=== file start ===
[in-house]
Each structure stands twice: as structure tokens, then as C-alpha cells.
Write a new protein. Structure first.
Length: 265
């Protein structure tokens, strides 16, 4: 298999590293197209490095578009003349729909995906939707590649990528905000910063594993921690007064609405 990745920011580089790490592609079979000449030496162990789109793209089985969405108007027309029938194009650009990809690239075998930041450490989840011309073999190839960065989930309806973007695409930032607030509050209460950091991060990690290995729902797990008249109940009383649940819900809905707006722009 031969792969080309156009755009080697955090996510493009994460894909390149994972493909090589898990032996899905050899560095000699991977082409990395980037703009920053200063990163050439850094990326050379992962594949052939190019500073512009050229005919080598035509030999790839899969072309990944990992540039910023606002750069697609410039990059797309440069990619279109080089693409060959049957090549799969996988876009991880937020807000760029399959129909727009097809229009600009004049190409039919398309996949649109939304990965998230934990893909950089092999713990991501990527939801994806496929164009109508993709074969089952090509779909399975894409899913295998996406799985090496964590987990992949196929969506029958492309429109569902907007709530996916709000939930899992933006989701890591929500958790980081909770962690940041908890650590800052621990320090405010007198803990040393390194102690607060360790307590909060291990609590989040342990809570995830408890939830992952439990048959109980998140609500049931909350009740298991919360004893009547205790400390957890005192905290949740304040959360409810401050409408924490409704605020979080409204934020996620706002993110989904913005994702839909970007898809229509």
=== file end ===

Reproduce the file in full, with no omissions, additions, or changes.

[in-house]
Each structure stands twice: as structure tokens, then as C-alpha cells.
Write a new protein. Structure first.
Length: 265
């Protein structure tokens, strides 16, 4: 298999590293197209490095578009003349729909995906939707590649990528905000910063594993921690007064609405 990745920011580089790490592609079979000449030496162990789109793209089985969405108007027309029938194009650009990809690239075998930041450490989840011309073999190839960065989930309806973007695409930032607030509050209460950091991060990690290995729902797990008249109940009383649940819900809905707006722009 031969792969080309156009755009080697955090996510493009994460894909390149994972493909090589898990032996899905050899560095000699991977082409990395980037703009920053200063990163050439850094990326050379992962594949052939190019500073512009050229005919080598035509030999790839899969072309990944990992540039910023606002750069697609410039990059797309440069990619279109080089693409060959049957090549799969996988876009991880937020807000760029399959129909727009097809229009600009004049190409039919398309996949649109939304990965998230934990893909950089092999713990991501990527939801994806496929164009109508993709074969089952090509779909399975894409899913295998996406799985090496964590987990992949196929969506029958492309429109569902907007709530996916709000939930899992933006989701890591929500958790980081909770962690940041908890650590800052621990320090405010007198803990040393390194102690607060360790307590909060291990609590989040342990809570995830408890939830992952439990048959109980998140609500049931909350009740298991919360004893009547205790400390957890005192905290949740304040959360409810401050409408924490409704605020979080409204934020996620706002993110989904913005994702839909970007898809229509």